Stephen Finley (left) with Lewis Bauer '06.
Décor and Debris
R-100 riders passing by the Penfield stop in Havertown, Pa., might ignore the words “punk rock” spray-painted on an old powder magazine right near the tracks. But it’s just this kind of incongruity that interests Lewis Bauer ’06 and Professor of English Stephen Finley: While the graffiti is an anachronistic 2003 addition, the magazine dates back to the Revolutionary War, one of the many historical remnants filling the Karakung Valley. This summer, Bauer—a recently graduated Student Research Assistant working with the Hurford Humanities Center—is helping Finley to uncover the area history that, according to Finley, lies “hidden behind the mundane façade of 20th-century suburbia.” The Karakung Valley is a three-mile-long watercourse in the northeast quadrant of Haverford Township, ranging from the Haverford College campus to the Grange, a Quaker mansion originally founded as Mäen Coch in the 1680s. The watercourse—running right outside Finley’s back door—conceals “a layering of epochs”: The landscape has hosted everything from Native American tribes to Civil War-era cotton mills to a proto-Disney amusement park.
But what is an English professor doing poking around historical societies and archives? Bauer explains, “The project might seem odd at first for research work in the English department. However, all of this has very much to do with Prof. Finley's prior and current work on the questions of landscape and autobiography in the narratives of Scott, Carlyle, Ruskin, and Newman.” A professor of Romanticism and Victorian literature, Finley was fascinated by the original Grange’s conversion from Quaker-Georgian mansion to Gothic estate, charging the property’s overseer with “wanting to play Sir Walter Scott on Cobbs Creek.” Intrigued, Finley decided to investigate “the extraordinary density or verticality” of his local landscape.
Bauer elaborates, “Investigations of history and landscape, and the human ‘placements’ therein, often default to idealizing or romanticizing the untouched or unsullied grandeur of the American West.” However, “the American landscape, as we know it now, came to be by way of the forcible displacement of native peoples. What we hope to generate in this exploration of an immediately local ‘topography’ is an understanding of the remarkable human ecology and narrative history found, quite literally, in the landscapes of our own backyards.”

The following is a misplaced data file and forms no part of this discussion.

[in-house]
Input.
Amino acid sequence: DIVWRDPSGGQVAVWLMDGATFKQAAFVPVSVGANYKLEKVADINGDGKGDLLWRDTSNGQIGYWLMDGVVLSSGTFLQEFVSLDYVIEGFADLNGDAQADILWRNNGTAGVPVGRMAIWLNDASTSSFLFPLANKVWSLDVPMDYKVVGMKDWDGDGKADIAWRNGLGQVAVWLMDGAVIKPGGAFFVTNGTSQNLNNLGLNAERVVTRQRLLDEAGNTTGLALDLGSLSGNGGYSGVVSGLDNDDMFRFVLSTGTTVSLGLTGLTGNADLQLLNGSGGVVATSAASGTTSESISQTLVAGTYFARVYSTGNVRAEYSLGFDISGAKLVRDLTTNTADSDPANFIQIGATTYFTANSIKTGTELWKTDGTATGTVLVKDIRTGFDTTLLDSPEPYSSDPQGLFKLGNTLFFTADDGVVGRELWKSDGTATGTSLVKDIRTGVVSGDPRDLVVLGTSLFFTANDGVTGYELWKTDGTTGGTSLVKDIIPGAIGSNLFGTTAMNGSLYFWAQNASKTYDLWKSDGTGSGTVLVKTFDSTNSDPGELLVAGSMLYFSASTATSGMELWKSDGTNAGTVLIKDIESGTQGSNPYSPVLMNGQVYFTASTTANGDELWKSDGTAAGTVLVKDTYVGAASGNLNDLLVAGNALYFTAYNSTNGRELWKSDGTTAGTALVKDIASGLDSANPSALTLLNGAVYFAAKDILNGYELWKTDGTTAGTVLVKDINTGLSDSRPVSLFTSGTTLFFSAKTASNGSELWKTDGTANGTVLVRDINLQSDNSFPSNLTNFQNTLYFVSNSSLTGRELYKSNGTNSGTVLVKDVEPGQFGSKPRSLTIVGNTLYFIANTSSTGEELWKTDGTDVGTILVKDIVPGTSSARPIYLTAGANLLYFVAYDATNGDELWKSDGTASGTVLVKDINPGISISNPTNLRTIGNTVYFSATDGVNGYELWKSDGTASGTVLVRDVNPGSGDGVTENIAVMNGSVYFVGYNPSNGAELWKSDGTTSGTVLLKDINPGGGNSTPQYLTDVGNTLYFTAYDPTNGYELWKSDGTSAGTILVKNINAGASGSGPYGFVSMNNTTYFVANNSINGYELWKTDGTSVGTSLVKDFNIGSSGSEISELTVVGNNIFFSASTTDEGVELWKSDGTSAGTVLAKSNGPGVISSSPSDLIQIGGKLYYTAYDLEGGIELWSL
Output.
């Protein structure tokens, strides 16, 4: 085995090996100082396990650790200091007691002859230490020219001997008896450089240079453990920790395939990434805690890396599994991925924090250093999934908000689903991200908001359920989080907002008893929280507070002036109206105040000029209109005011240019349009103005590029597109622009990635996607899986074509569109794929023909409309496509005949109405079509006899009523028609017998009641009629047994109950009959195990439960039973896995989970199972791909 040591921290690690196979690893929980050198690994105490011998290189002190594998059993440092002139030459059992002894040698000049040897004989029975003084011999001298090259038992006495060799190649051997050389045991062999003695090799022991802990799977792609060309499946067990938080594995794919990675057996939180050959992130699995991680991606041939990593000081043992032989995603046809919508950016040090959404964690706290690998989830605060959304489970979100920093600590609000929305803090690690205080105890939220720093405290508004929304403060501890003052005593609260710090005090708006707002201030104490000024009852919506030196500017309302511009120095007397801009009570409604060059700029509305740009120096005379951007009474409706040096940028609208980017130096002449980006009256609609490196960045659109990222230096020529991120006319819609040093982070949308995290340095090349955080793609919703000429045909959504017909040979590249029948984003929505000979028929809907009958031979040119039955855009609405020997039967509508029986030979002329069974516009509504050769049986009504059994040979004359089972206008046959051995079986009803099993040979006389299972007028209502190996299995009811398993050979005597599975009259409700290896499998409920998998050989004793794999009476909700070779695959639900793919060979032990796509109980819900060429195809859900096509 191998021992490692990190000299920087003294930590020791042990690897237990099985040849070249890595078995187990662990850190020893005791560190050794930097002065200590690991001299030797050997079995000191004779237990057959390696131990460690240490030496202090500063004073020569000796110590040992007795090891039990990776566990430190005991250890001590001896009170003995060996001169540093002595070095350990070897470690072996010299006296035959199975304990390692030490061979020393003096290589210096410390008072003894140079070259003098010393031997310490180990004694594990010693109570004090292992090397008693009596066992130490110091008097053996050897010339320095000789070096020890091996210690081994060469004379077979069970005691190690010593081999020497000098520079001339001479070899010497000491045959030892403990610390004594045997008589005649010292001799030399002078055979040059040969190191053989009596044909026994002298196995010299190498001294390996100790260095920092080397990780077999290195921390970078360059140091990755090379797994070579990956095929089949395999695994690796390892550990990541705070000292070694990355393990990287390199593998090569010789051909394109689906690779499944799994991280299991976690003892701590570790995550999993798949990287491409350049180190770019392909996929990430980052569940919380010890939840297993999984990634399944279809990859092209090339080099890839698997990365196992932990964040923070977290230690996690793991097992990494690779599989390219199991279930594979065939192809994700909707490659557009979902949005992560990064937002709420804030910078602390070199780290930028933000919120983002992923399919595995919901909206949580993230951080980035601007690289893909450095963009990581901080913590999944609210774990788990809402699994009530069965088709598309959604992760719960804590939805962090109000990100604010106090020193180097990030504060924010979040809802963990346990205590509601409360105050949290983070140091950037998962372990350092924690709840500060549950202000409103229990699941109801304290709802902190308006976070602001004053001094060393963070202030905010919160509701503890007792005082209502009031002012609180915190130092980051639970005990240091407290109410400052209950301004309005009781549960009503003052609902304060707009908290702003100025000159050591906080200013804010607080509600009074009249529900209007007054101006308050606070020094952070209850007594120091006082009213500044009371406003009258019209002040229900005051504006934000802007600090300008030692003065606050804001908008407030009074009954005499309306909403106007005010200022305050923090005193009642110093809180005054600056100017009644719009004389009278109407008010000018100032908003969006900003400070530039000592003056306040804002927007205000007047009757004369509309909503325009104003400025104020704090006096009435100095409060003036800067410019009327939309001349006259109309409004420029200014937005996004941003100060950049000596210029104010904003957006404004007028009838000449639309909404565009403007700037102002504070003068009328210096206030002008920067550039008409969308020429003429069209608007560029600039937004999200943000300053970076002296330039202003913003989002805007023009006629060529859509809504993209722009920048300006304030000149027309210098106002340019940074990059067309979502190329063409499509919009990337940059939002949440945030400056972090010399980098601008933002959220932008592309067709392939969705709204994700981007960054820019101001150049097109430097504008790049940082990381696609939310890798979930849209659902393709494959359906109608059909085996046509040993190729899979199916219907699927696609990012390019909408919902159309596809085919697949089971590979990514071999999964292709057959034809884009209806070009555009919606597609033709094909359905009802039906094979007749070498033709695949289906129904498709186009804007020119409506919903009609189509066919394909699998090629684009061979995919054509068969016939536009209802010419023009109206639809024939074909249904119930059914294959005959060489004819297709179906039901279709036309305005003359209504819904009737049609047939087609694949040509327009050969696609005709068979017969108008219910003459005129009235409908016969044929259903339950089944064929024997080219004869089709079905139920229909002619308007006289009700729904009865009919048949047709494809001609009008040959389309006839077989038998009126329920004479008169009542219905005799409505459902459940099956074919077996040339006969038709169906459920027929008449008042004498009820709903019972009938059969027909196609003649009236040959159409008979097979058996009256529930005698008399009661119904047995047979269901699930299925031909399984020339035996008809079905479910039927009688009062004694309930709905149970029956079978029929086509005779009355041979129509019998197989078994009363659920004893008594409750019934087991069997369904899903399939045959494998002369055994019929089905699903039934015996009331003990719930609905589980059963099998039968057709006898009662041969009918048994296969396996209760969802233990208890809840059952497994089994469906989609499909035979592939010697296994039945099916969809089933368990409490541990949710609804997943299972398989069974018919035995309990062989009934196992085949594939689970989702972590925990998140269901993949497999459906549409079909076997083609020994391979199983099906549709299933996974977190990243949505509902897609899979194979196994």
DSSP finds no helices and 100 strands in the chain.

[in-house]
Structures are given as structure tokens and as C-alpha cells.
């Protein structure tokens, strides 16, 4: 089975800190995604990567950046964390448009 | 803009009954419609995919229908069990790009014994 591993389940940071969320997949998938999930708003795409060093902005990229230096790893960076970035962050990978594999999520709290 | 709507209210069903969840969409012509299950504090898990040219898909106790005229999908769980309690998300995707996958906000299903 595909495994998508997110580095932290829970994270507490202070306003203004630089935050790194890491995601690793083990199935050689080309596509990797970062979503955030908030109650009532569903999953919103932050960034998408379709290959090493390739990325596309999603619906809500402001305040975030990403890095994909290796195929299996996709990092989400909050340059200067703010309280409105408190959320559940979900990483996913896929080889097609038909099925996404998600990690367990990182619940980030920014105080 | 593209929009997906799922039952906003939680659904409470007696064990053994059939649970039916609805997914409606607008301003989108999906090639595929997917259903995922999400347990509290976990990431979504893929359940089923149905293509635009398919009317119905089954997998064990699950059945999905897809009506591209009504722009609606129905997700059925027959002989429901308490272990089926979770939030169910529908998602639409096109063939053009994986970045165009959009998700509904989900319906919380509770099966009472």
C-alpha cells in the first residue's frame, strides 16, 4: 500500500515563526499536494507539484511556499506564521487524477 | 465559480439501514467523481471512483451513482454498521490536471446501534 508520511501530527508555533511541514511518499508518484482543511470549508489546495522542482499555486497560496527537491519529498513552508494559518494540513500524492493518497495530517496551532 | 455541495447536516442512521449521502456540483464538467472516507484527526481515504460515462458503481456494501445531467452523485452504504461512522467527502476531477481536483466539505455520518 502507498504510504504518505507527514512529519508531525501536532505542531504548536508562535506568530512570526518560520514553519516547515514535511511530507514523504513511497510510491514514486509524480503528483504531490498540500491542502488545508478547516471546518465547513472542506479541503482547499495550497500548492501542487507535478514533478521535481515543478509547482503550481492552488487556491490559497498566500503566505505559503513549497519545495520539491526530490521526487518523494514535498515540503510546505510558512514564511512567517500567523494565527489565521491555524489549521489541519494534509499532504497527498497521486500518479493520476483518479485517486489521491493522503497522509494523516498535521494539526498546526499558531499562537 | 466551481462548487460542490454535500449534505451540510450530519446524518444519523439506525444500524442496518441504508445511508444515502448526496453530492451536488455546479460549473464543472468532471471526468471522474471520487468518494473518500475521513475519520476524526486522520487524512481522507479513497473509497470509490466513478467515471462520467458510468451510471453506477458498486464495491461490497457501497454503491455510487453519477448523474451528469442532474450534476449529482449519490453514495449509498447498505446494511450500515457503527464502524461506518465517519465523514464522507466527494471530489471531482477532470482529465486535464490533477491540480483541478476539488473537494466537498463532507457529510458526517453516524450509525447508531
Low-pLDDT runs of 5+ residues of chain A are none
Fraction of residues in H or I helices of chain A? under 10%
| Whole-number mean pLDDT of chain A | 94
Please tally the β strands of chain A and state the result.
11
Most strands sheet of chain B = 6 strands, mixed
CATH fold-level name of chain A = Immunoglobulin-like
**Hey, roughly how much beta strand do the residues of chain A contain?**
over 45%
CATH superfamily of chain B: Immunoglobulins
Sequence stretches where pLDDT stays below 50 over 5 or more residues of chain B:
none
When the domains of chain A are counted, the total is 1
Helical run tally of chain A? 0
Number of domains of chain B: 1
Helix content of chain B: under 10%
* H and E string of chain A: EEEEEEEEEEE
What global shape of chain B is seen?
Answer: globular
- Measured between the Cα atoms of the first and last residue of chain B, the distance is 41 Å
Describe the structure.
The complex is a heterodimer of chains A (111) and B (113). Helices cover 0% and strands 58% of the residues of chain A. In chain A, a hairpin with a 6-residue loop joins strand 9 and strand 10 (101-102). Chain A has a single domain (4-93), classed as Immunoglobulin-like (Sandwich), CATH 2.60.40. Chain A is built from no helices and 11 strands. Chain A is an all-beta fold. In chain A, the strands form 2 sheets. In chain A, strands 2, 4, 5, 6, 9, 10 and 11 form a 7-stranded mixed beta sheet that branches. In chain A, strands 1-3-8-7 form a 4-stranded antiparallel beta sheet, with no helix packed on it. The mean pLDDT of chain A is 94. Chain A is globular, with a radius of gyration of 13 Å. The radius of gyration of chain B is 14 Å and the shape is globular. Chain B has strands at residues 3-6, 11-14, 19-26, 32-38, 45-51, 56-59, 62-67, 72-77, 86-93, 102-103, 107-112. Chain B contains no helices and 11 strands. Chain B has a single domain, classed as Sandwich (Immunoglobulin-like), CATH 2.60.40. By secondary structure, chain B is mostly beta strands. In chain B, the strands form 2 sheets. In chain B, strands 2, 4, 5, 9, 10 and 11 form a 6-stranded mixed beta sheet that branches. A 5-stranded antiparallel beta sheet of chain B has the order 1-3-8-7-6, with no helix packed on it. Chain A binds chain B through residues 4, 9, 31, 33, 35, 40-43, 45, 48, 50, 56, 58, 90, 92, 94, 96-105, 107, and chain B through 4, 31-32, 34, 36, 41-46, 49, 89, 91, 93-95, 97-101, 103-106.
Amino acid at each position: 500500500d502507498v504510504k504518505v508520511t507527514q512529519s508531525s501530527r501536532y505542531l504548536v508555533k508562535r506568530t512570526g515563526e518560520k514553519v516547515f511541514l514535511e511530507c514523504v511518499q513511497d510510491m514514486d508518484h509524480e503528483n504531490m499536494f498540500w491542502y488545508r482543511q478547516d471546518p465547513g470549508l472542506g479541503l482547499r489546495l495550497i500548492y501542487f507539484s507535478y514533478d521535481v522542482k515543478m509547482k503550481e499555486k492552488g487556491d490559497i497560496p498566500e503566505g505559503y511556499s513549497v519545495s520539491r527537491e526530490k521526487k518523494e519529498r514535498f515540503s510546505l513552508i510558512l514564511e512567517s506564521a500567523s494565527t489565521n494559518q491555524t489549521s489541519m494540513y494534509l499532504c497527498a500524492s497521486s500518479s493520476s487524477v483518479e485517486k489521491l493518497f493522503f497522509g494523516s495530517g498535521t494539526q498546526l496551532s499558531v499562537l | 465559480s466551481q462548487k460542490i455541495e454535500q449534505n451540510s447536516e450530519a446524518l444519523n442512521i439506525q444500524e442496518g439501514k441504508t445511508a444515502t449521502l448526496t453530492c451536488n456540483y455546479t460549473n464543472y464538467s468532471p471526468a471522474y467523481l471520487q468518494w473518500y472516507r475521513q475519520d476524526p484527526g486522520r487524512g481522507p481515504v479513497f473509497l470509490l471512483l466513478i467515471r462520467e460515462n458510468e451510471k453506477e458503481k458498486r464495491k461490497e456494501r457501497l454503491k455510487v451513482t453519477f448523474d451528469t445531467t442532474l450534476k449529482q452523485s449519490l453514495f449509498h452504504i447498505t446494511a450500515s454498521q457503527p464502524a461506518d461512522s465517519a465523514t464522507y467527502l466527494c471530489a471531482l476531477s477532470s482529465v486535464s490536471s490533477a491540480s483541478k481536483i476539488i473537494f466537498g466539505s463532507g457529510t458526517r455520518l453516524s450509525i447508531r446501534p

Bauer’s earlier work with the Humanities Center inspired an interest in piecing together the historical. Last summer, he held a Student Summer Internship with the Johnson House, a historic stop on the Underground Railroad located at the corner of Germantown Avenue and Washington Lane in Philadelphia. Cataloging the furniture and decorations of another historic house across the street, Bauer discovered that the building had been emptied of its original furnishings, instead “injected with bizarre period piece décor.” Bauer became interested in what Finley refers to as “mimic history,” the contrived authenticity that became a history unto itself. Bauer notes, “You can look at it as frustrating or totally fascinating, the way people make sense of the past.”
Having spent the past year writing a thesis on Thomas Pynchon’s equally fascinating and frustrating Mason & Dixon, Bauer has plunged into Finley’s project, attempting to make his own sense out of the Karakung. “As students,” Bauer explains, “you’re pretty much engrossed in doing your own stuff all the time, and it’s interesting to see the professor’s work going on behind the scenes.” Right now, Bauer is investigating diaries and project records from as far back as the 17th century, trying to understand who has lived and worked the landscape.
That landscape does not so easily yield its secrets, however. While what Finley calls the area’s “bookends”—Haverford College and the Grange itself—are fairly “stable” or well documented historically, the three-mile watercourse in between remains perplexing. Finley notes, “I was overconfident…in my experience as an archivist with a long record of working in England and Scotland, that I would be able to use those skills in working with local history.” Instead, Finley discovered what he calls a “profound loss of context”: The duo has encountered an absence of letters, diaries, and other essential documents, despite the help of the Chester and Delaware County historical societies.
“The ruins are present but mute,” says Finley; if they are to speak, he and Bauer have much work ahead. Some of their current research will influence Finley’s classes for the coming academic year. In the fall, he will be teaching a course entitled “British Topographies”; in the spring, its American counterpart “A Sense of Place.” Thus, while the book project continues, Bauer and Finley’s interdisciplinary studies will impact students in the short-term. Bauer affirms, “We don't need to peer over the edge of the Grand Canyon to find great depth in human histories. Our everyday settings afford us the opportunity to explore intricate pasts and presents, and challenge us to think locally as well as globally.”
—James Weissinger ’06